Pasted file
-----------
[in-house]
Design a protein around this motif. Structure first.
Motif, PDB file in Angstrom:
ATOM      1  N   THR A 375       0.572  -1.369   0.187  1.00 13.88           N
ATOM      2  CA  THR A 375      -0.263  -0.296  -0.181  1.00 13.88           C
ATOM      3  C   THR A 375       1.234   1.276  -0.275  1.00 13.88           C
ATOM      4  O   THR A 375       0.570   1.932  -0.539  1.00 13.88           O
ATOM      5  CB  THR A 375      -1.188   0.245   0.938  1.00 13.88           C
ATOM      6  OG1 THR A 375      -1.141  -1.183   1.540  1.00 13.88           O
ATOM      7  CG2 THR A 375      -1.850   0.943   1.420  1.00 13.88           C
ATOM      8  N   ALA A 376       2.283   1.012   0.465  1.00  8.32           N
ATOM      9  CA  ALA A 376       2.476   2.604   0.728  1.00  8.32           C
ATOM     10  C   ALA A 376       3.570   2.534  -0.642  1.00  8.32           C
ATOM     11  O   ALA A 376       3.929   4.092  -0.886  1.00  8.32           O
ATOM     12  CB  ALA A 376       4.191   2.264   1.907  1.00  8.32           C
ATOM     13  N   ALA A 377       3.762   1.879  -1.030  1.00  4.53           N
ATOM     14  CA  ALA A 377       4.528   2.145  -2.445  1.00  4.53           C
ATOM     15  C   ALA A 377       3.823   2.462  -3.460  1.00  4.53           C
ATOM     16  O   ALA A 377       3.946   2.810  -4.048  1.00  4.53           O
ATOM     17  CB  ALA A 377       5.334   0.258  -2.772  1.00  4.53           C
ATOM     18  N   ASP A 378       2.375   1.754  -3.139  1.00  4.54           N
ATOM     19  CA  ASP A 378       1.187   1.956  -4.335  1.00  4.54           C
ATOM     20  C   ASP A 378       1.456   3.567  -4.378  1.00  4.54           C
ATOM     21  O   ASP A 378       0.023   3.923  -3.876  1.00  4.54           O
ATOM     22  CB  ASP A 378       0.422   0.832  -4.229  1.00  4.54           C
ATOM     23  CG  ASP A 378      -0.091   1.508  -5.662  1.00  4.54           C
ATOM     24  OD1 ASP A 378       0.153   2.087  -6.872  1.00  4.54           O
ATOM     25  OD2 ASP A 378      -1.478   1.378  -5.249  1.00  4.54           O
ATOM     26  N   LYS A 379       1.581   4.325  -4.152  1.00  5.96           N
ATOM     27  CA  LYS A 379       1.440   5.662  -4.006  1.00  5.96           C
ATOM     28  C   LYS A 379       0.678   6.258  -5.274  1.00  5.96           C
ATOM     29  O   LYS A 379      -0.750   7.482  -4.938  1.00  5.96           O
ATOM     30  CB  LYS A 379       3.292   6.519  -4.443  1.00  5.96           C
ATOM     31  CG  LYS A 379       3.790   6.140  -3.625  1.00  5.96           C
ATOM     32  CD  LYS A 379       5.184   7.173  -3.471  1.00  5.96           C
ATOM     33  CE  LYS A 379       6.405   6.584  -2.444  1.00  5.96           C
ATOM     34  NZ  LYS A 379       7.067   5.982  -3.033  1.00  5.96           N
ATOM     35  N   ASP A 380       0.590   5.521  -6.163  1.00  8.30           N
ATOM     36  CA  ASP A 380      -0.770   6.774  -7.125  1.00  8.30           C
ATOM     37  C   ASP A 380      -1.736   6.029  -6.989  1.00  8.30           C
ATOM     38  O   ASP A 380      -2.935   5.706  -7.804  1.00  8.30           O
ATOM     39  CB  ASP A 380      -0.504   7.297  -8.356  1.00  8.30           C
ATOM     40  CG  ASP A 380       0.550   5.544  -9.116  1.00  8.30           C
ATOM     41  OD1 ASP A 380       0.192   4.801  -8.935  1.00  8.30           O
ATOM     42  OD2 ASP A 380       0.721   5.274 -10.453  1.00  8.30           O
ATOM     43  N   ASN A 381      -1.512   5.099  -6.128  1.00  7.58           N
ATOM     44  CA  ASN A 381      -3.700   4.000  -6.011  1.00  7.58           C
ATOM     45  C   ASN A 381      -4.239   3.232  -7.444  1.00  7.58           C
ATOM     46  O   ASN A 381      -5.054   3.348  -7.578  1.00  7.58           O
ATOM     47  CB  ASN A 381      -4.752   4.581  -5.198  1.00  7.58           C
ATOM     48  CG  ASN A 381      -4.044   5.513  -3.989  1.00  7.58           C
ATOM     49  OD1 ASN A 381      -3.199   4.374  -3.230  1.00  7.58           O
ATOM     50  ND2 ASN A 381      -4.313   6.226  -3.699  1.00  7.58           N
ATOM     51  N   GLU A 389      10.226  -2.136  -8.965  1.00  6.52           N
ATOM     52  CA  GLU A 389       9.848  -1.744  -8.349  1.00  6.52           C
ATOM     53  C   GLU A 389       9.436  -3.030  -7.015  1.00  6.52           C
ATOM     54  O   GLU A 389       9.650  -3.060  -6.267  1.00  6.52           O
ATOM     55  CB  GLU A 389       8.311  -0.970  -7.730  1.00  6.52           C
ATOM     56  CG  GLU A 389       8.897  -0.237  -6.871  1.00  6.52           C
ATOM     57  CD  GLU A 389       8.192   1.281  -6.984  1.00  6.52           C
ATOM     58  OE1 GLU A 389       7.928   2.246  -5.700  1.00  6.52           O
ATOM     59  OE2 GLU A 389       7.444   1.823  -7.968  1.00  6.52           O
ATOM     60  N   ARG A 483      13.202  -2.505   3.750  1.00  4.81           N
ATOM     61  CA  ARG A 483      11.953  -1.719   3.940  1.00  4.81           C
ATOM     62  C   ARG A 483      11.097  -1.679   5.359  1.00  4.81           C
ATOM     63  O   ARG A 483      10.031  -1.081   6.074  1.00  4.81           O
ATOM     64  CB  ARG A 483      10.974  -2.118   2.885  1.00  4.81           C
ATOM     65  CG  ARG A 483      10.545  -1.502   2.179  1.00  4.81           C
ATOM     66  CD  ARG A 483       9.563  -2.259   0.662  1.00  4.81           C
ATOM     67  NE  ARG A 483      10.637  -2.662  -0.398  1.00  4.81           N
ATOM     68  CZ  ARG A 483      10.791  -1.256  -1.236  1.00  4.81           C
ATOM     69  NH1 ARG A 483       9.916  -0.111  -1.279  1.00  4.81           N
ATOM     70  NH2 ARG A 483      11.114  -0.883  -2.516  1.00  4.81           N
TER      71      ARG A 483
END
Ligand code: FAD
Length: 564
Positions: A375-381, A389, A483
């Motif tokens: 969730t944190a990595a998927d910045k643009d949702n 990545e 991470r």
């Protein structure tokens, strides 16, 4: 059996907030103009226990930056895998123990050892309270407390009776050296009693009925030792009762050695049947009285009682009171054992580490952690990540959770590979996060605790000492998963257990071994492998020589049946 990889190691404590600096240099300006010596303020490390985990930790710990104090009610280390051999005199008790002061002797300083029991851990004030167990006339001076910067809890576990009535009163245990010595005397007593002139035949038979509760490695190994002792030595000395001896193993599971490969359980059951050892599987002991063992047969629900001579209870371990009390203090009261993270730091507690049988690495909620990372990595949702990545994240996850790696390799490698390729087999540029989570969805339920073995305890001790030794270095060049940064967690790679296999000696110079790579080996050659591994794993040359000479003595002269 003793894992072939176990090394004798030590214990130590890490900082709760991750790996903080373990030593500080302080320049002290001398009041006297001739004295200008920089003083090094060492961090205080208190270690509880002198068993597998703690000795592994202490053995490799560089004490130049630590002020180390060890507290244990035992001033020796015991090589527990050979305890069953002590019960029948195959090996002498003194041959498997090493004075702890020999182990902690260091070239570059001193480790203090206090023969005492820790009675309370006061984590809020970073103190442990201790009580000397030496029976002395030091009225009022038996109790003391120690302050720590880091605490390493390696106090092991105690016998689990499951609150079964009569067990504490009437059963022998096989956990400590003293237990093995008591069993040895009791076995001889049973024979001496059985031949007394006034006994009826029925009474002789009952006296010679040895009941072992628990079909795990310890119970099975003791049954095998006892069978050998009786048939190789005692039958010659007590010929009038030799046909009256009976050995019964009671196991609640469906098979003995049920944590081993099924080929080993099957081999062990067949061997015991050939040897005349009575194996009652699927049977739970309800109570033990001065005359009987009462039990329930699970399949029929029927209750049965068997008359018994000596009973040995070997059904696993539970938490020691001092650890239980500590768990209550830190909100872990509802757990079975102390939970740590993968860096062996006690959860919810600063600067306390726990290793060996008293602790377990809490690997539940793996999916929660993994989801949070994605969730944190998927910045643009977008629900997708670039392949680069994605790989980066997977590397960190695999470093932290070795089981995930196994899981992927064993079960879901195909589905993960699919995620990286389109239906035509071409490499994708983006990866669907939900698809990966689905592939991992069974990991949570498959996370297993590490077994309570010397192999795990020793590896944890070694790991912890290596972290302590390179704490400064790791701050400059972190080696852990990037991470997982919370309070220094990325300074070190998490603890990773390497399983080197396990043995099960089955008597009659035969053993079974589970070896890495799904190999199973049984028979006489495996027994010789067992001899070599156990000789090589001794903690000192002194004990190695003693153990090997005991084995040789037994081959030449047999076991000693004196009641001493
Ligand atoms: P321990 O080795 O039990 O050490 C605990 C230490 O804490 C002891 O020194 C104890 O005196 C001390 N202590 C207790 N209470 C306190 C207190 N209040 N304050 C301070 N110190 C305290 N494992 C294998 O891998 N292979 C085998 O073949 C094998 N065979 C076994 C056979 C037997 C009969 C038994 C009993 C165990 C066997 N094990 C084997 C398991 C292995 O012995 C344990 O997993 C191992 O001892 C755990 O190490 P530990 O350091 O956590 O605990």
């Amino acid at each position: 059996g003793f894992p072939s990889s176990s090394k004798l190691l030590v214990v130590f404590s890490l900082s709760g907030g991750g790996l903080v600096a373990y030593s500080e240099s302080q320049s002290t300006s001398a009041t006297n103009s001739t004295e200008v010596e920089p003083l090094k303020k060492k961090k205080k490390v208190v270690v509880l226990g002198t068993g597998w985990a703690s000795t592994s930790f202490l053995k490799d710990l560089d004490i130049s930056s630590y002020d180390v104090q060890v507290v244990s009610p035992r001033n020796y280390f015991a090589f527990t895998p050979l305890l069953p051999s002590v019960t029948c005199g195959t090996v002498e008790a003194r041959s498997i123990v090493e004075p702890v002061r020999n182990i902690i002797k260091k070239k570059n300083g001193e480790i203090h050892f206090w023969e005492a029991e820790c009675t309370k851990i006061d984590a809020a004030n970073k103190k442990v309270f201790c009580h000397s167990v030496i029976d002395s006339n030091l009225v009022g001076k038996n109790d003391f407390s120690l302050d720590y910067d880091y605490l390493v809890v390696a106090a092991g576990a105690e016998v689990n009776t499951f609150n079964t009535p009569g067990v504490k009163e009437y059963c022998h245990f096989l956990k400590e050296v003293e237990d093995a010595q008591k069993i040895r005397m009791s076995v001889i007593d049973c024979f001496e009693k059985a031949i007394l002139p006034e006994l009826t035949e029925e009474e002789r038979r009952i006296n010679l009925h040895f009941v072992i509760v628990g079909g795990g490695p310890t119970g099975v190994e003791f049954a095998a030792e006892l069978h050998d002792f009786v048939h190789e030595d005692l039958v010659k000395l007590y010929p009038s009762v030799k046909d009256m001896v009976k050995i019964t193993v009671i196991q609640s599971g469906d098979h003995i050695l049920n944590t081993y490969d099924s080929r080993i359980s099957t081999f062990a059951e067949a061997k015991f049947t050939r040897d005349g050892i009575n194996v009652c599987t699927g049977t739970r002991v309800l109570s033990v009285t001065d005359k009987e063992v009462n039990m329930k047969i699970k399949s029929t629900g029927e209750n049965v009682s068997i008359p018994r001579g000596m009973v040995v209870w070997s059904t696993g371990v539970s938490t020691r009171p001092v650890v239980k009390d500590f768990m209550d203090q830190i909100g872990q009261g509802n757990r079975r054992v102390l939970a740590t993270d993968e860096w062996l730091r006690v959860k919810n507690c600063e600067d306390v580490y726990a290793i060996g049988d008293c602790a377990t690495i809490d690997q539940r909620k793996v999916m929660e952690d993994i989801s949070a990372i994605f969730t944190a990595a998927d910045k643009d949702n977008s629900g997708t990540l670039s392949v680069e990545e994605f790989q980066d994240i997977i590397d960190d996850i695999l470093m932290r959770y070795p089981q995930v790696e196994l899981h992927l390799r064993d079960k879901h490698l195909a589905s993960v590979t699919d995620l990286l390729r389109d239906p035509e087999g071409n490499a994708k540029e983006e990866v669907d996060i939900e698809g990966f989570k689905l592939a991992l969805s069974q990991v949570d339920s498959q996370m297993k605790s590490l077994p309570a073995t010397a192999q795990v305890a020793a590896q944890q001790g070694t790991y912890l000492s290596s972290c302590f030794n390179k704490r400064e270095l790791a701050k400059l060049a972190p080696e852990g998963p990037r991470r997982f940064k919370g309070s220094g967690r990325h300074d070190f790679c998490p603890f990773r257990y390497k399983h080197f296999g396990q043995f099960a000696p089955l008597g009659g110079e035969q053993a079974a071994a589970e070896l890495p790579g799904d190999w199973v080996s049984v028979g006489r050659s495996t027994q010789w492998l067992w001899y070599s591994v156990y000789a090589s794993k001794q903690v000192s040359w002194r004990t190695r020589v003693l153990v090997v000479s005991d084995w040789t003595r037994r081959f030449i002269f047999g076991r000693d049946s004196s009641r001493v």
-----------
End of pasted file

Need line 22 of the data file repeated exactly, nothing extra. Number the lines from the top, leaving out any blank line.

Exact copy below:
ATOM     19  CA  ASP A 378       1.187   1.956  -4.335  1.00  4.54           C